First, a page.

Even cheaper option for the unpublished: blogs. Weblogs can be had for free; I use Blogger for my blog, Spinsters and Lunatics. Romance Magicians is also a Blogger blog. It's very user friendly, doesn't have too many glitches in my experience, and it's a great way to build a group of people interested in seeing you sell. Other blog servers are also available. Do a little research and see which one works best for you.
Put your blog URL on your signature line in e-mail and on web community board posts. Talk about your blog entries if they pertain to ongoing discussions. Post your good news and your bad news on blogs. But remember--what you write is available to EVERYONE, including agents and editors. So be careful not to shoot yourself in the foot with what you write. Save your heavy-duty venting for private places and situations.
4) CONSIDERING PUTTING YOUR WORK UNDER SCRUTINY
Yes, I'm talking about contests. I know a lot of people don't find contests worth the money spent. Judges are subjective and some don't know how to give constructive criticism. You spend a lot of money with nothing to show for it. Sometimes you get bad feedback or no feedback and end up frustrated and demoralized.
Well, here's how I see it. You're trying to sell a book, right? You spend a lot of money to mail out submissions. For your efforts, you may get nothing back but a form letter telling you they're not interested. You end up frustrated and demoralized.
If you can't hack that treatment from a contest, you probably can't hack it from an editor or an agent. So suck it up and decide if you're in this business to sell or if you're just piddling. If you're in it to sell, contests can be a useful tool, especially if you're savvy about how you approach them.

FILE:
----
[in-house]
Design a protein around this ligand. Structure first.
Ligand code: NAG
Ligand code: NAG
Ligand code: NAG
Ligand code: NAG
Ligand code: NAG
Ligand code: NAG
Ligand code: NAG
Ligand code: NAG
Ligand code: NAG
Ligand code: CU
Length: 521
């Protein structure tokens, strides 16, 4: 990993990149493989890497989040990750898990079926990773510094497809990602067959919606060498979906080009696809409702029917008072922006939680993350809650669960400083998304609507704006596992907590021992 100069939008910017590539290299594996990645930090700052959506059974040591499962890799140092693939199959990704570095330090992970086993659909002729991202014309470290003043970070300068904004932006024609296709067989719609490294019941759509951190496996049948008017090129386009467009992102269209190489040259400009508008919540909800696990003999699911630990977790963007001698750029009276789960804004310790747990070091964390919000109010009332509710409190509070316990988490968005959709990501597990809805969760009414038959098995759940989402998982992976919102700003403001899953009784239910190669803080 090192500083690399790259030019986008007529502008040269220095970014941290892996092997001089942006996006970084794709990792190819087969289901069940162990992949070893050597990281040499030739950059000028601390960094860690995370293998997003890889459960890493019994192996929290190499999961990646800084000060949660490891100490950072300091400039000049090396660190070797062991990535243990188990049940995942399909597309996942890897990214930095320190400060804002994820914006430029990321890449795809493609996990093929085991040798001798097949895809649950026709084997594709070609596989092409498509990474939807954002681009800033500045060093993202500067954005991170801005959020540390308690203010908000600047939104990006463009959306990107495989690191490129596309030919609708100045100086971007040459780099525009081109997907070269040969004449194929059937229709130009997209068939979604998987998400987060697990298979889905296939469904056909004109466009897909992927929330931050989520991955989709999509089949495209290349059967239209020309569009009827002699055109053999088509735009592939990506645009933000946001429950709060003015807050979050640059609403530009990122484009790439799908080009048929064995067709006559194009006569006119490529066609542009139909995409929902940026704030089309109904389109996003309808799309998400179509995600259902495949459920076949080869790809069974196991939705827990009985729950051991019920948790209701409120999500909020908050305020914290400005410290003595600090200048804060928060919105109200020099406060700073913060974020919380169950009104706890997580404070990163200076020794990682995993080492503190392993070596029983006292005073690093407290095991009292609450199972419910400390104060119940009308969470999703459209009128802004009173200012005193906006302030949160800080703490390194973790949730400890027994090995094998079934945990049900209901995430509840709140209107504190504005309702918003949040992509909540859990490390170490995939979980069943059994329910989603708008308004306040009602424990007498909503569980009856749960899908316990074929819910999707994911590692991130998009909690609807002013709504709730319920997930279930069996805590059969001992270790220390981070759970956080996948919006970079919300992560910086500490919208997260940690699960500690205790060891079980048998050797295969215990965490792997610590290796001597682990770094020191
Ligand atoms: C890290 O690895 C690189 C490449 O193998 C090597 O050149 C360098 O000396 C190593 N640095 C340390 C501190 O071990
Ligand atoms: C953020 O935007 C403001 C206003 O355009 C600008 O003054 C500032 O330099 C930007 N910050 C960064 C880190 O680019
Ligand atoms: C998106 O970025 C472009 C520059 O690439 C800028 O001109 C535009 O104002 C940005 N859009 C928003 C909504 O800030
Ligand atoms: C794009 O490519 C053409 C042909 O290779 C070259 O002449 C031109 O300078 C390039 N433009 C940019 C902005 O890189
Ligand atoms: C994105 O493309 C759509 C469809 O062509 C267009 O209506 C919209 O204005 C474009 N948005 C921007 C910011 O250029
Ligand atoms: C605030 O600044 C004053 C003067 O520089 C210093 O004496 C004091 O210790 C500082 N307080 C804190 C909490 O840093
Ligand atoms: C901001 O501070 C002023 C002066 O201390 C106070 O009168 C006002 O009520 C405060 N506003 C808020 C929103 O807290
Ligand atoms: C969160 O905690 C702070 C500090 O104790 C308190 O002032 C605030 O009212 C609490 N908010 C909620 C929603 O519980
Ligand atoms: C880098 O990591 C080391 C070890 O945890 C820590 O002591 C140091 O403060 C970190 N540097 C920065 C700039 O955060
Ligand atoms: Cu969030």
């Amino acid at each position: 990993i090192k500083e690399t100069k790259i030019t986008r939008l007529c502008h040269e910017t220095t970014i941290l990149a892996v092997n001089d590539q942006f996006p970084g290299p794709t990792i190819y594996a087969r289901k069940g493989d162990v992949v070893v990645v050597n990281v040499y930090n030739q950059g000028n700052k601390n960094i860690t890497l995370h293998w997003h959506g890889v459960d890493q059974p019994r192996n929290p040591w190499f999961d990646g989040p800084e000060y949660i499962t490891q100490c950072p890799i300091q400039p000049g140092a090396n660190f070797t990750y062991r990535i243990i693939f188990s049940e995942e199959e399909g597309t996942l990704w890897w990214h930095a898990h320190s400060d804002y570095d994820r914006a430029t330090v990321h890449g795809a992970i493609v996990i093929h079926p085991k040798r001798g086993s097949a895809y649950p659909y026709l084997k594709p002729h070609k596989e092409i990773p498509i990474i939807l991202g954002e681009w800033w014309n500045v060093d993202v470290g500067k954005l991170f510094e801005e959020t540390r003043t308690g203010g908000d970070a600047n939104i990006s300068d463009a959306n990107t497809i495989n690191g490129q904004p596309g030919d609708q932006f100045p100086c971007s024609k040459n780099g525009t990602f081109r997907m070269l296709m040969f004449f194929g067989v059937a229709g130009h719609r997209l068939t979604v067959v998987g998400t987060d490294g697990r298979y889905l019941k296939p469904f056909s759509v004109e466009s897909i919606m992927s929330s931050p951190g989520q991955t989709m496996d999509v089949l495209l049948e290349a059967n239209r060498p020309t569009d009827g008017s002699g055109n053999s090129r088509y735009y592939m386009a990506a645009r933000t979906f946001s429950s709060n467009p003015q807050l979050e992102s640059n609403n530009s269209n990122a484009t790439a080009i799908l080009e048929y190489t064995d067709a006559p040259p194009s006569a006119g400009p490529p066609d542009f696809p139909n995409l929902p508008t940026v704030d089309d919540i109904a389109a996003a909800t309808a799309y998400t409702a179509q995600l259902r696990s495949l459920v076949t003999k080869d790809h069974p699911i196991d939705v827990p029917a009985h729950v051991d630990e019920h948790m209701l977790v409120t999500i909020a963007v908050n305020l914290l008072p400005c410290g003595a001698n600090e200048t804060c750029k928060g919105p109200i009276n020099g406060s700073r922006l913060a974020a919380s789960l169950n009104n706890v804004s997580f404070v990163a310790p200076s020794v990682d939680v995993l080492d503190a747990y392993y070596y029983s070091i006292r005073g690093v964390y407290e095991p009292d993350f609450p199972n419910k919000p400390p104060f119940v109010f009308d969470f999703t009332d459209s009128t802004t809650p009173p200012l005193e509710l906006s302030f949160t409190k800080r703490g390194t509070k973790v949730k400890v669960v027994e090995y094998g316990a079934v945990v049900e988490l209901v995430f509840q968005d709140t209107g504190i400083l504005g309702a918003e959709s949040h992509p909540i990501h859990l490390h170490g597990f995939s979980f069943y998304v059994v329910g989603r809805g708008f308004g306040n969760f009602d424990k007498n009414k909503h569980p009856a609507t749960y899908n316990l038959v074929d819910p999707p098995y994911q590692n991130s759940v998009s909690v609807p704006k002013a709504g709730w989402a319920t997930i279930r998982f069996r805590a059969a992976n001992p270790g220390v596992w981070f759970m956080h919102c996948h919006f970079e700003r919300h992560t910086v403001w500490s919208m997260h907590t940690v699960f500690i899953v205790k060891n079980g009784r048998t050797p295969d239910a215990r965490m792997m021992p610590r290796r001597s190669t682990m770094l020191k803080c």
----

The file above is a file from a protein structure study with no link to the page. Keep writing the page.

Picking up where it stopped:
a) Pick the contests with a certain amount of prestige; it's harder to final, but it means more if you do.
b) Pick contests where the final judge is an editor who can buy your book or an agent you think you'd like to work with. If you final, the editor is going to read your work. Sometimes those editors ask to see a full. And sometimes, you don't have to win to get a request.
c) Pick contests with good reputations for quality judges.
But how do contests relate to self-promotion? When you enter contests, someone reads your work. Judges are also readers, and if a judge likes your story, she may want to read more. She may scour the contest announcement sites or the Romance Writers Report to see if you've sold yet. She may find your name listed in the finals of other contests. She may make note of other titles you've written. The more you final, the more likely she'll be to remember your name when you finally get The Call.
I keep track of several prolific contest finalists, hoping for the day they sell. Stacy Lynn Reimer, Mary Fechter, Victoria Wasserman, Tanya Taliese Holmes, Tawny Weber--those are all names of people who consistently final in contests and whose work I hope to buy as soon as it becomes available. And I know them almost exclusively through their contest finals.
One final word of advice about self-promotion: be kind. People aren't going to care how good your book is if they have a reason not to like you. Treat people online and in person with kindness, forebearance, politeness and genuine respect. Don't try to fake it. Don't pursue friendships and relationships for what you can get out of them. Go the extra distance to be kind to others, not because you think it'll get you something but because you genuinely want to give something back to others.
What are some of the ways you promote yourself and your writing? If you're published, how have your self-promotional activities changed since your unpublished days?